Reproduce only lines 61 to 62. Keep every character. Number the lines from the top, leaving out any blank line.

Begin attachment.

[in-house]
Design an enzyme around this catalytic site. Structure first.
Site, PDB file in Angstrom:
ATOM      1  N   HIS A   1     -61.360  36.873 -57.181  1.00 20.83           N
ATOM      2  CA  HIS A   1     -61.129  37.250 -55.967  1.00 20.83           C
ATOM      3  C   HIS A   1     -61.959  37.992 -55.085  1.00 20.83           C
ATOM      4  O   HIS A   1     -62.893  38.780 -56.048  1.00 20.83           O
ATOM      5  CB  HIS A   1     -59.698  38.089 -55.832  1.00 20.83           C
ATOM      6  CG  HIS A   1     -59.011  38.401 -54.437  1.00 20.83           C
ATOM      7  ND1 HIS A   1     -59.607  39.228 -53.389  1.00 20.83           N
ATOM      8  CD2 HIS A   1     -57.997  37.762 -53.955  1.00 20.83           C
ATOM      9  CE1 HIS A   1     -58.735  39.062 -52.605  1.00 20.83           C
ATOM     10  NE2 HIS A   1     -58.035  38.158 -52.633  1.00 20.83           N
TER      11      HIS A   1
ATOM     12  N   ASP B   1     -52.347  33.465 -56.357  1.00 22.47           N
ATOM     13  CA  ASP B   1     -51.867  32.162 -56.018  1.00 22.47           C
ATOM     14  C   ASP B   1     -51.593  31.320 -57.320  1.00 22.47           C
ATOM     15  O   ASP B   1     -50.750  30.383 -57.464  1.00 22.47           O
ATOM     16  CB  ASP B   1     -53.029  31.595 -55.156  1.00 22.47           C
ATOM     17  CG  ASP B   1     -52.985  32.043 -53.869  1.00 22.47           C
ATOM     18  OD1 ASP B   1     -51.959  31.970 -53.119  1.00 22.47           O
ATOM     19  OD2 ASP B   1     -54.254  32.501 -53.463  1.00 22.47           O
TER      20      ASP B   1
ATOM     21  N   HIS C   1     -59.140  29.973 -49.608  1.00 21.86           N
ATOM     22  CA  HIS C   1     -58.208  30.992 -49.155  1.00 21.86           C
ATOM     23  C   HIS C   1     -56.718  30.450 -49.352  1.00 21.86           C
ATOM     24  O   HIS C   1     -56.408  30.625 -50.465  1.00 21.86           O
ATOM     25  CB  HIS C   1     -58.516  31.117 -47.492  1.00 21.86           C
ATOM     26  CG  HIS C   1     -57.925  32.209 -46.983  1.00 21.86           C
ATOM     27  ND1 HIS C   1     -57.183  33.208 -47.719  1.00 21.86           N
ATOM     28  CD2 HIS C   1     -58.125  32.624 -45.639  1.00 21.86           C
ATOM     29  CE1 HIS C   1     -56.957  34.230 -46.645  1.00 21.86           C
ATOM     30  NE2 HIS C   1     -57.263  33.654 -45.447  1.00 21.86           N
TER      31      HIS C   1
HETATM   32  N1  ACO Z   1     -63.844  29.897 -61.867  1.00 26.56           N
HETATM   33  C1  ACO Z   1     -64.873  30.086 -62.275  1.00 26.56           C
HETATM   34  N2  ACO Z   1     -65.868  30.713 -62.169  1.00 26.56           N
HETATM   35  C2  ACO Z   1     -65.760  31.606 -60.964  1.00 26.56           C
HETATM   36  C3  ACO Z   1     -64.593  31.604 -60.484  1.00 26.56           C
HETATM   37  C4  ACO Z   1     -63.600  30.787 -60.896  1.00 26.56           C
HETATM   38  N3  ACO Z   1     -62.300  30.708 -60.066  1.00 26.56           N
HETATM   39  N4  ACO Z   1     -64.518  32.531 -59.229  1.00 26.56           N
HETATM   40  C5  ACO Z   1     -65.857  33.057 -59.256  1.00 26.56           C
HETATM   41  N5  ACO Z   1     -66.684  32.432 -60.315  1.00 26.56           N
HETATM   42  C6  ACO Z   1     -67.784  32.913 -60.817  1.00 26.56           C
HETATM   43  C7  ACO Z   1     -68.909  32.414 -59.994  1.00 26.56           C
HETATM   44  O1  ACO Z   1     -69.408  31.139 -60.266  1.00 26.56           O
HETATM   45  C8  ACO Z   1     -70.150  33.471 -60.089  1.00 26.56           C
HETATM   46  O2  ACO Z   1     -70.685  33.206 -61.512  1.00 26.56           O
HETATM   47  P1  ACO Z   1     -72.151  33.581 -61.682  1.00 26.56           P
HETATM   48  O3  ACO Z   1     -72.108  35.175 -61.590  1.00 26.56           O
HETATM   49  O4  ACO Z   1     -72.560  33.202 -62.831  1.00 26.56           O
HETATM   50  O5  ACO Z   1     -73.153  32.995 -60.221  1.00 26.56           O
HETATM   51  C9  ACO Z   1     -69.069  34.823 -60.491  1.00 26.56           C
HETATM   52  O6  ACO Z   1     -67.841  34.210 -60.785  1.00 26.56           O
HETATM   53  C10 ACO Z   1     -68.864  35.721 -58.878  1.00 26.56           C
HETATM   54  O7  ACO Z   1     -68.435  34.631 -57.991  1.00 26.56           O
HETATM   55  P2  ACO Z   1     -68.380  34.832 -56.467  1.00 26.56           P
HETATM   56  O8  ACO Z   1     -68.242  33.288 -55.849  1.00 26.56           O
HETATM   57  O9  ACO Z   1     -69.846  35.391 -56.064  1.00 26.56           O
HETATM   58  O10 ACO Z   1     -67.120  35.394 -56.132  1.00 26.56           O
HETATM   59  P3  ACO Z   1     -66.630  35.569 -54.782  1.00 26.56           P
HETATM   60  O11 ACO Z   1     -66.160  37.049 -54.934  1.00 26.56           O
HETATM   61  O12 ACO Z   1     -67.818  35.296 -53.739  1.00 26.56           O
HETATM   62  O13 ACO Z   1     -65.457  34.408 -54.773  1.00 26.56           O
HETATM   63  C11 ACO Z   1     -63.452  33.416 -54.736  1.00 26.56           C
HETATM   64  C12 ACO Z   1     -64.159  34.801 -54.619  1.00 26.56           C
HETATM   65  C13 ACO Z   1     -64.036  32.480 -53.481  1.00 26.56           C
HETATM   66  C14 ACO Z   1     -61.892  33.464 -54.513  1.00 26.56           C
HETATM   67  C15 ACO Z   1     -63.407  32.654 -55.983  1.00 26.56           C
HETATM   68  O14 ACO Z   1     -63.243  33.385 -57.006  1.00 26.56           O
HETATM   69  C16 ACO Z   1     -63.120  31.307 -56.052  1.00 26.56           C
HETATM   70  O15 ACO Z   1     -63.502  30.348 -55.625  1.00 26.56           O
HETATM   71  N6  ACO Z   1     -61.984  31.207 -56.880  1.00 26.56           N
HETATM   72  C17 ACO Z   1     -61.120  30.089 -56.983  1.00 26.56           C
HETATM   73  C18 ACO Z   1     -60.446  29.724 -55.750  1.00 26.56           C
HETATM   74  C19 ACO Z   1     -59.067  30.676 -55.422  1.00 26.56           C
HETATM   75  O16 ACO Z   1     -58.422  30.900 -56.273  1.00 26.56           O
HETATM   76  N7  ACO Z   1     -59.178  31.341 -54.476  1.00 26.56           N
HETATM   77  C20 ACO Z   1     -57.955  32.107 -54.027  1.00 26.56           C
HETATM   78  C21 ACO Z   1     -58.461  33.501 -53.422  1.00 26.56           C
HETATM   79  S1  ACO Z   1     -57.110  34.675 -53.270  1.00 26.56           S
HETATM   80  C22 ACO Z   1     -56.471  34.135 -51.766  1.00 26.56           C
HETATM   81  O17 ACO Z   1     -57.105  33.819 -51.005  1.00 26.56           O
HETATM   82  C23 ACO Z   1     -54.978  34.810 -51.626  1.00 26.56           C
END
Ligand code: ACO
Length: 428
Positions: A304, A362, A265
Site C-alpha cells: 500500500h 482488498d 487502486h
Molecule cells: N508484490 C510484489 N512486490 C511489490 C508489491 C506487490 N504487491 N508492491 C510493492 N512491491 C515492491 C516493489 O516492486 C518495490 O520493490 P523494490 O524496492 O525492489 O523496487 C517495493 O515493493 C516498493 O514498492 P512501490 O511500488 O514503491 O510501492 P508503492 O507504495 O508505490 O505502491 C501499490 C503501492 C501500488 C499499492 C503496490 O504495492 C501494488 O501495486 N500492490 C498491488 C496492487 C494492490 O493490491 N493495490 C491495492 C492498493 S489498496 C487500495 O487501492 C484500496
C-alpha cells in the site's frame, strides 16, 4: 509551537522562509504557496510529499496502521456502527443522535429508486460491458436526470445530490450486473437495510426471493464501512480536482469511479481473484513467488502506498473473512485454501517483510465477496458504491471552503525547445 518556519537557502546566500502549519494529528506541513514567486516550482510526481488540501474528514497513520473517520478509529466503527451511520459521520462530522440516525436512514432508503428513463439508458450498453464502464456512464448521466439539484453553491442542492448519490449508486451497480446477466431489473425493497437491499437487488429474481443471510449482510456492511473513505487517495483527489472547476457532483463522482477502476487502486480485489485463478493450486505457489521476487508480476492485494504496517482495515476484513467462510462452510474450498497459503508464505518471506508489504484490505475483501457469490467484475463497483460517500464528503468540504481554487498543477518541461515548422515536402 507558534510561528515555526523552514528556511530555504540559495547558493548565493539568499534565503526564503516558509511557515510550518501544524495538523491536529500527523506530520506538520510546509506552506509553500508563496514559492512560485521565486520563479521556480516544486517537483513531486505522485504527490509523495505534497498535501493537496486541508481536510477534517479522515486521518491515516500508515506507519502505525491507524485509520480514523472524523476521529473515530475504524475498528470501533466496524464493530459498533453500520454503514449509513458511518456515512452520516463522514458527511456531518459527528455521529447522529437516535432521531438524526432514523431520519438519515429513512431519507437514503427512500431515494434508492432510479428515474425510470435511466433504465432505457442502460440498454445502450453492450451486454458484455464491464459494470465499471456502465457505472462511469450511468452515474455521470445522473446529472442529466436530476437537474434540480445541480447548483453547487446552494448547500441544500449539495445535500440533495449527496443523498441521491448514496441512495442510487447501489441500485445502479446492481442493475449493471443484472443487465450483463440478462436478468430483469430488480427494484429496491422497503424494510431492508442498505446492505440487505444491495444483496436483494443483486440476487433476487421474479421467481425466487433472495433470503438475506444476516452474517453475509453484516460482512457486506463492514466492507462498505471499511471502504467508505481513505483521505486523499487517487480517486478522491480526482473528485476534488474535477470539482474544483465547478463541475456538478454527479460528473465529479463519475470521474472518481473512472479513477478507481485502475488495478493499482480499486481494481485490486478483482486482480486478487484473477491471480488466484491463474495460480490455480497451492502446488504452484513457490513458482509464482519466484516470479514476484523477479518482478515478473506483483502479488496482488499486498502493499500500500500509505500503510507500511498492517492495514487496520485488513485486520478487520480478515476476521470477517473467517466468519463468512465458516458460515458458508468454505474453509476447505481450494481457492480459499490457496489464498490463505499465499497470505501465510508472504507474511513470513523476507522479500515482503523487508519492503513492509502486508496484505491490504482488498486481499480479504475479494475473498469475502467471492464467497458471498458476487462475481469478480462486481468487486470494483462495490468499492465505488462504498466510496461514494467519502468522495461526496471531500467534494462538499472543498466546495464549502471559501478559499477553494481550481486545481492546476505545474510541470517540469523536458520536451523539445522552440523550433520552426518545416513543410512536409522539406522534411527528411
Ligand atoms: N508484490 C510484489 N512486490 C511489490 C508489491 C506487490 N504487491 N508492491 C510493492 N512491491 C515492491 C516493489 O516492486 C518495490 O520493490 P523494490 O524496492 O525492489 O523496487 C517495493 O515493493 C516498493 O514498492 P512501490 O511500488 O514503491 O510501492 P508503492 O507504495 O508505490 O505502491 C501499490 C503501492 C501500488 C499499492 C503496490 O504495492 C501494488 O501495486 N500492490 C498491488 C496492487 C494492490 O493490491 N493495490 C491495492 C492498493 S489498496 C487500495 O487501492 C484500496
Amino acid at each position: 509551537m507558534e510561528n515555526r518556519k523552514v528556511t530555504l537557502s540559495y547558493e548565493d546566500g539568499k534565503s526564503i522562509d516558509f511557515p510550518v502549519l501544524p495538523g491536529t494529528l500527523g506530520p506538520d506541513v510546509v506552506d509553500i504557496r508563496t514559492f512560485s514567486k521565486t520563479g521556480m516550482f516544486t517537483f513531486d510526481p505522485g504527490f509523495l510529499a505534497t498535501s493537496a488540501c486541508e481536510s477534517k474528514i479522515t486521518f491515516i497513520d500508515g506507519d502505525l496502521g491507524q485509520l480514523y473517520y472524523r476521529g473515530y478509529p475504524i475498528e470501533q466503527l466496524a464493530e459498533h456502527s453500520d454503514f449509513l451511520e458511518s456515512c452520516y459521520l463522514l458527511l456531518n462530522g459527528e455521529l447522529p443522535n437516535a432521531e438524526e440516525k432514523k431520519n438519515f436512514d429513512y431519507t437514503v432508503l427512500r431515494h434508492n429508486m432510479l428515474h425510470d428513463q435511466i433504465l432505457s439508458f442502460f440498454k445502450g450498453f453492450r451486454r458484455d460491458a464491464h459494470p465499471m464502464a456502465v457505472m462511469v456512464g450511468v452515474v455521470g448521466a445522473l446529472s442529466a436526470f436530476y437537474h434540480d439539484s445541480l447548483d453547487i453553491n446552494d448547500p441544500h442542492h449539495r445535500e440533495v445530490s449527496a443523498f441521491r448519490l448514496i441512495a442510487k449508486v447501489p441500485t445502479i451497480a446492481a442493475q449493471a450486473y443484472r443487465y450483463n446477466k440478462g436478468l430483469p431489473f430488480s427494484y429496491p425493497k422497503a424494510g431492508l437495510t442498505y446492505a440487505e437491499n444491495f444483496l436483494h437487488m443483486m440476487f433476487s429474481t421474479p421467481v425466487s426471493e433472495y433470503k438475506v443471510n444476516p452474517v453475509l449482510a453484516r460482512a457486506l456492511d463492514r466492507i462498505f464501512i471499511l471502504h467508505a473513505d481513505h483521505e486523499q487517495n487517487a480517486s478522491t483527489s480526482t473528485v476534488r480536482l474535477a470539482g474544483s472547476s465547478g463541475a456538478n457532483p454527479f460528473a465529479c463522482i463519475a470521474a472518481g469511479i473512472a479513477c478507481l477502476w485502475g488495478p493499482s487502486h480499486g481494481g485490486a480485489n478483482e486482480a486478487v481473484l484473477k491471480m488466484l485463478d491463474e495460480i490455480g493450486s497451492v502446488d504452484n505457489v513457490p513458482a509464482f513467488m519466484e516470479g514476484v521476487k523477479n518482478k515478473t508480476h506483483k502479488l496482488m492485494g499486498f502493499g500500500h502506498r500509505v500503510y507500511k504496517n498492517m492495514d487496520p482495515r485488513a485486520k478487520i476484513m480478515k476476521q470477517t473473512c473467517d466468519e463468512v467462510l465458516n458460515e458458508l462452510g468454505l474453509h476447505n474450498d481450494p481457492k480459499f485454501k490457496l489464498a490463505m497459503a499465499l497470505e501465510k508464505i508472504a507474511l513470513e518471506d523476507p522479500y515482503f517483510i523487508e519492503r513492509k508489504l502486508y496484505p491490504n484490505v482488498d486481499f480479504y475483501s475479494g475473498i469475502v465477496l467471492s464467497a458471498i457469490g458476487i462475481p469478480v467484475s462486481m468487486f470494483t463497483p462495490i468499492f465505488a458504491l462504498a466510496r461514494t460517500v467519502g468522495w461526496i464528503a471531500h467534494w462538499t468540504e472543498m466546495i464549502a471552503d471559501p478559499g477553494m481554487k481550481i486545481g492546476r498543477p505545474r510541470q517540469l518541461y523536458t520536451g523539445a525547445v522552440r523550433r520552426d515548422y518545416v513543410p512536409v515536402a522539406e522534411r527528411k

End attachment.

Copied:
HETATM   58  O10 ACO Z   1     -67.120  35.394 -56.132  1.00 26.56           O
HETATM   59  P3  ACO Z   1     -66.630  35.569 -54.782  1.00 26.56           P